For the love of poetry Part 2

And so lay the bed

There was once a clever woman of mixed blood, fluent in German, Hebrew and English, and schooled in the finest British schools of Tel Aviv, where her family lived in exile from Nazi Germany. Her parents were lovers of Epicurean culture, of great novelists, poets, composers. She went to an art school in London, travelled far and wide then returned to work as a copywriter in an advertising agency. With her third husband she met a much-feted poet and his poet wife.

The clever woman and her husband visited the two poets and their children in the countryside of Devon. While in the kitchen a secret kiss passed between her and the feted poet. A row broke out between the poet wife and the clever woman, over peeling of potatoes, a menial task, the clever woman preferred not to do, and so she marched into the garden and flirted with the feted poet next to some beanstalks.

Assia Wevill

Some six weeks passed until the clever woman met the feted the poet again and they began a passionate tryst. And at her workplace she would boast, ‘You know, in bed, he smells like a butcher.’ The mother poet discovered the affair. The feted poet refused to give up his exotic lover and her third husband, also a man of letters, attempted to die as he learned of their betrayal.

Sylvia Plath

The mistress of mixed blood landed in the arms of her lover who left his wife and children. Alas, soon the poet’s wife died. Lost and depressed, she took her own life. And so the mistress had to take over the caring of the poet’s children and the running of his house. A babe growing in her belly was aborted to avert any scandal.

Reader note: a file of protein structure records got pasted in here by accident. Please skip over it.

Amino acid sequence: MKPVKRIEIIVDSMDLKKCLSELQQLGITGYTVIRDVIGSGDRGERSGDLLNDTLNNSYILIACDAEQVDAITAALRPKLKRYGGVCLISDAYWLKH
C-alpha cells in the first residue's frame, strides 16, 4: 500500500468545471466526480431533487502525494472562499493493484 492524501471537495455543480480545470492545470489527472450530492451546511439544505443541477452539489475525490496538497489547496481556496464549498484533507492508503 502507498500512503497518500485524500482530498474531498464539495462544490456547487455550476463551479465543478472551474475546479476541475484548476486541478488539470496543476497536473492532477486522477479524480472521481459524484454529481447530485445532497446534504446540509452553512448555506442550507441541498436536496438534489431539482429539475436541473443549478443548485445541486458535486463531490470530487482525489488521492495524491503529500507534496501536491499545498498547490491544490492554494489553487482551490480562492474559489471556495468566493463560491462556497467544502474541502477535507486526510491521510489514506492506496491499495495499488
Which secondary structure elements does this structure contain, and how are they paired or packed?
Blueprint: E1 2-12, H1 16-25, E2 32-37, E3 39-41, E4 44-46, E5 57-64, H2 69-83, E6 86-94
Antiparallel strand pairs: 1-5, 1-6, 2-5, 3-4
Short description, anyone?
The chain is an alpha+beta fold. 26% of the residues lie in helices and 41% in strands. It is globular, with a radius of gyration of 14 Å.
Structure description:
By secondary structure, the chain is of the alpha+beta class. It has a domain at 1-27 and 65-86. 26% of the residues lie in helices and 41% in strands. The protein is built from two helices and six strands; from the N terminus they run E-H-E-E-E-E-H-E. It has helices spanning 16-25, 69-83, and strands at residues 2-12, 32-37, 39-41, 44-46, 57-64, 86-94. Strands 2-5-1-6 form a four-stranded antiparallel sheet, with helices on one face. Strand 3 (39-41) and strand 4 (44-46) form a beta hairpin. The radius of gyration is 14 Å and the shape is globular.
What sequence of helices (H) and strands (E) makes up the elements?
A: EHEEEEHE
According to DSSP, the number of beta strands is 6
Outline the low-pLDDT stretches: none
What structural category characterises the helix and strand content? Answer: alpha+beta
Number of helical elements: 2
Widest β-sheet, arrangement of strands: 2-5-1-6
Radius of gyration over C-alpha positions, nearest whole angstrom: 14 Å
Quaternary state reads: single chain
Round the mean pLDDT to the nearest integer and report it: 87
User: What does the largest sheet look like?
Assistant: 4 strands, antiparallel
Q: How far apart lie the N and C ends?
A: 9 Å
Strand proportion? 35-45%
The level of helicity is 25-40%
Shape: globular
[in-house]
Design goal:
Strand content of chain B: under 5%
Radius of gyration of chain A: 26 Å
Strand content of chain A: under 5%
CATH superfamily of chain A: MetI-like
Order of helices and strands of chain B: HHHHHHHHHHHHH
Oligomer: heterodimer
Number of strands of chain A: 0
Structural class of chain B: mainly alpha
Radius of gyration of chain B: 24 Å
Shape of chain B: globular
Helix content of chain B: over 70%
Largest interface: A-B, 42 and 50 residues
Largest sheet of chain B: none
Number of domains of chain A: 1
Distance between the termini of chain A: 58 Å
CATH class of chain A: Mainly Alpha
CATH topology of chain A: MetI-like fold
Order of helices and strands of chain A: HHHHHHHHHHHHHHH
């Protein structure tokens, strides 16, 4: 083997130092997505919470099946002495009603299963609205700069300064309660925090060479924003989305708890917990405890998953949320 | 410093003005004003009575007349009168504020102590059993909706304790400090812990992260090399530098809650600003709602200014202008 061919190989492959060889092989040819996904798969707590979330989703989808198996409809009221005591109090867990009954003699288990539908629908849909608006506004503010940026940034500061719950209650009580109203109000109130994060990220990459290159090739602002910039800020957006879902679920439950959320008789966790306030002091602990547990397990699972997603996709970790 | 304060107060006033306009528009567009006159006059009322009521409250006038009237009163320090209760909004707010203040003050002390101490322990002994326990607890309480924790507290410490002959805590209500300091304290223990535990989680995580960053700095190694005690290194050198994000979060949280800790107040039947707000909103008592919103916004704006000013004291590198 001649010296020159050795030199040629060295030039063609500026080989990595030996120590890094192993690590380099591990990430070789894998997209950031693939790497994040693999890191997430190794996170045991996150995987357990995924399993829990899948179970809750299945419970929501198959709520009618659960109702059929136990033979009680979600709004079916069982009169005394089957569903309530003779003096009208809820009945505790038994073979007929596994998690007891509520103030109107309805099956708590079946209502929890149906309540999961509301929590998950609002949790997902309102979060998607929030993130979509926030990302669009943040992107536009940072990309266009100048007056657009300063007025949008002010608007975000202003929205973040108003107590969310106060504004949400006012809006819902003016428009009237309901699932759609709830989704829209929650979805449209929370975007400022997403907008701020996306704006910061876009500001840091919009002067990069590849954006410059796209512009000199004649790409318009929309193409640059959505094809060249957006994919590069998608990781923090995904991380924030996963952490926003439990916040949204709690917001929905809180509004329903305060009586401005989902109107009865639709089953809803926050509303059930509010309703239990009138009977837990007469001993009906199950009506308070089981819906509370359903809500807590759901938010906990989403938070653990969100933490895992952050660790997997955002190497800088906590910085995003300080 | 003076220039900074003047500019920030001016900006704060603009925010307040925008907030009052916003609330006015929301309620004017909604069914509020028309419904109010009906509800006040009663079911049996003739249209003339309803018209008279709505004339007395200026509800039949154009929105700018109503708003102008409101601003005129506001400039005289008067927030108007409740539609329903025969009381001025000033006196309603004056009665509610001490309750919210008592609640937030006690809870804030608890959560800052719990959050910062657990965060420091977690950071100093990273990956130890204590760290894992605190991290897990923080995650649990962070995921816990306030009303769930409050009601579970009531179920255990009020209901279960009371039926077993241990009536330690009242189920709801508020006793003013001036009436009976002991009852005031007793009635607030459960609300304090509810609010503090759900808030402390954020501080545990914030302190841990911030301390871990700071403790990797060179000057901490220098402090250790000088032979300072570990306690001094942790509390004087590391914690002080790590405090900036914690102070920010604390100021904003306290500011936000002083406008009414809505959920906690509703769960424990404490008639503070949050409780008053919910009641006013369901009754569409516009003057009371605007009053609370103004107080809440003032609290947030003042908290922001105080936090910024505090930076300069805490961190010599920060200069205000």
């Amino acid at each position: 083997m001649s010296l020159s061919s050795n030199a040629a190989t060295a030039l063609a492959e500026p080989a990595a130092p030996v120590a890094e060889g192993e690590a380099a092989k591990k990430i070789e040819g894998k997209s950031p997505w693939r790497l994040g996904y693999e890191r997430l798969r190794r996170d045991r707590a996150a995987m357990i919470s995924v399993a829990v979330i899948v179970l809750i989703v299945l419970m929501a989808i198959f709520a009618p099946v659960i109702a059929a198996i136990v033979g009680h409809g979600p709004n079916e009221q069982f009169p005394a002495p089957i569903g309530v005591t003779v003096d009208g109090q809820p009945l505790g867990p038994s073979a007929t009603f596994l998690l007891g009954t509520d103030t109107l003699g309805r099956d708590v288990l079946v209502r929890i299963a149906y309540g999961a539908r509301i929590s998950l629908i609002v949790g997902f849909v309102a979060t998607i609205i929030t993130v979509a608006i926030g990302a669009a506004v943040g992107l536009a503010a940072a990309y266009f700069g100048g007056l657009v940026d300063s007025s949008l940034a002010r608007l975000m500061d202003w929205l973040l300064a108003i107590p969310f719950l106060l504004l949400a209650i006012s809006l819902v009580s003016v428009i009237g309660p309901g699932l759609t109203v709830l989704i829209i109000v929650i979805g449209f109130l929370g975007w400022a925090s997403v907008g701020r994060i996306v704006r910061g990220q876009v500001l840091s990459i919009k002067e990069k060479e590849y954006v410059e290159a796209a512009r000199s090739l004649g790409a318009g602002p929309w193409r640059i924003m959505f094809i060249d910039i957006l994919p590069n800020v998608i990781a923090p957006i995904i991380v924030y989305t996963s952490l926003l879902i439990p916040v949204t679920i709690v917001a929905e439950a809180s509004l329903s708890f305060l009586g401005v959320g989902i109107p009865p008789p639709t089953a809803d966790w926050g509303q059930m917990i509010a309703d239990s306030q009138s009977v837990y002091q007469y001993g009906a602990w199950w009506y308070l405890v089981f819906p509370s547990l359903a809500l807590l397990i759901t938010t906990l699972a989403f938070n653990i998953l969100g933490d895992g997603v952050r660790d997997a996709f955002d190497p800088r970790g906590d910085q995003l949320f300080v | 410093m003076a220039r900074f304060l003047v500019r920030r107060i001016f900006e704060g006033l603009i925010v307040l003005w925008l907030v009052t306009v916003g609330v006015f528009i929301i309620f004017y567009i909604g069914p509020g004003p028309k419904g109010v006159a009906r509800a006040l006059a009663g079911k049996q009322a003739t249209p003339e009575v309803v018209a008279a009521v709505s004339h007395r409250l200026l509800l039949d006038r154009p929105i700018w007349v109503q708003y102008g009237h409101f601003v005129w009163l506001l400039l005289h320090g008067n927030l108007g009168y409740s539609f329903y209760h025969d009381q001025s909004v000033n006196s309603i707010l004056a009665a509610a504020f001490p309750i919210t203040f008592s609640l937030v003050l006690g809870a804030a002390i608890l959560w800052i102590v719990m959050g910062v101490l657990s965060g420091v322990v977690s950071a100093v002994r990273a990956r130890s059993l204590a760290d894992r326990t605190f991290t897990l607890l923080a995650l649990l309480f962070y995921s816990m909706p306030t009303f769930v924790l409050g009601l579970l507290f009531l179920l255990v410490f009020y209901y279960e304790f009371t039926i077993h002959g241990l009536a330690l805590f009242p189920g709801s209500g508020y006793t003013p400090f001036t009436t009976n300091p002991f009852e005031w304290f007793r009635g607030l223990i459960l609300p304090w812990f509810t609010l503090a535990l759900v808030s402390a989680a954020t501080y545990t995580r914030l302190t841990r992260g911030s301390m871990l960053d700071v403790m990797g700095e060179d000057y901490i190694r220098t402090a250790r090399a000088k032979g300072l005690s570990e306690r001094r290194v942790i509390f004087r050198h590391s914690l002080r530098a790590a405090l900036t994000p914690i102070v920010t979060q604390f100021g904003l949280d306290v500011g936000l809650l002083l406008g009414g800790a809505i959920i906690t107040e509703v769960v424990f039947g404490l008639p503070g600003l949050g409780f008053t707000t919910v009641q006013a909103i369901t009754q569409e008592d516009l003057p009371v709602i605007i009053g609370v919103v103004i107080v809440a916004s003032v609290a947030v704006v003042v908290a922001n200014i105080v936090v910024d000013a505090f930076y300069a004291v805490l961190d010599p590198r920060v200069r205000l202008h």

Ted Hughes, Assia Wevill and Frieda, Hughes’ daughter with Sylvia Plath

She was unused to domestic chores and looking after children. So the poet typed her up a list: Do not stay in bed after 8am, do not wear a dressing gown around the house or take afternoon naps. Each week prepare a meal we have not had before. And teach the children German for an hour a day. He would cook in emergencies. The mistress bore a child, became devoted as a mother but as time went on the ghost of the poet wife took hold. The flawed and feted poet had more affairs to erase his guilt and grief.

The mistress despaired that the feted poet would never marry her. Publicly he denied their daughter as his own. His father refused to sit with her at dinner; his mother resented and shunned her. As her looks began to fade, she was alone with her child, had few work prospects and she lived in the shadow of the poet wife whose work now stunned the literary world. She became sad and leaden. She taped the kitchen door and window, took sleeping pills, turned on the gas stove. And as kitchen the filled with gas she lay with her young daughter on a mattress and that was where they died.

Assia Wevill and daughter Shura

Women were the normal sacrifice to art. In those days, men had art and women had babies. As a man, it was almost your duty to sap the vitality and female energy of those around you. Assia was serving a great artist.

Fay Weldon

People use each other 
as a healing for their pain. They put each other
on the existential wound,
on the eye, on the cunt, on the mouth and open hand.
They hold each other and won't let go.
Love song, Yehuda Armichai. Translated by Assia Gutmann

2 thoughts on “For the love of poetry Part 2

  1. Interesting blogpost, Ingrid. You have encapsulated the whole sad story so poetically. My novel, Capriccio’’, available soon from Cilento Publishers, is the story of that infamous love triangle from Assia’s viewpoint. It takes its title from the series of poems Ted wrote about Assia, called ‘Capriccio’.

  2. Thanks Dina. It felt important to write in a poetic tone. I will look up Hughes’ work ‘Capriccio’ and look forward to reading yours. An important view point to honour and an appropriate title. Congratulations on getting published!

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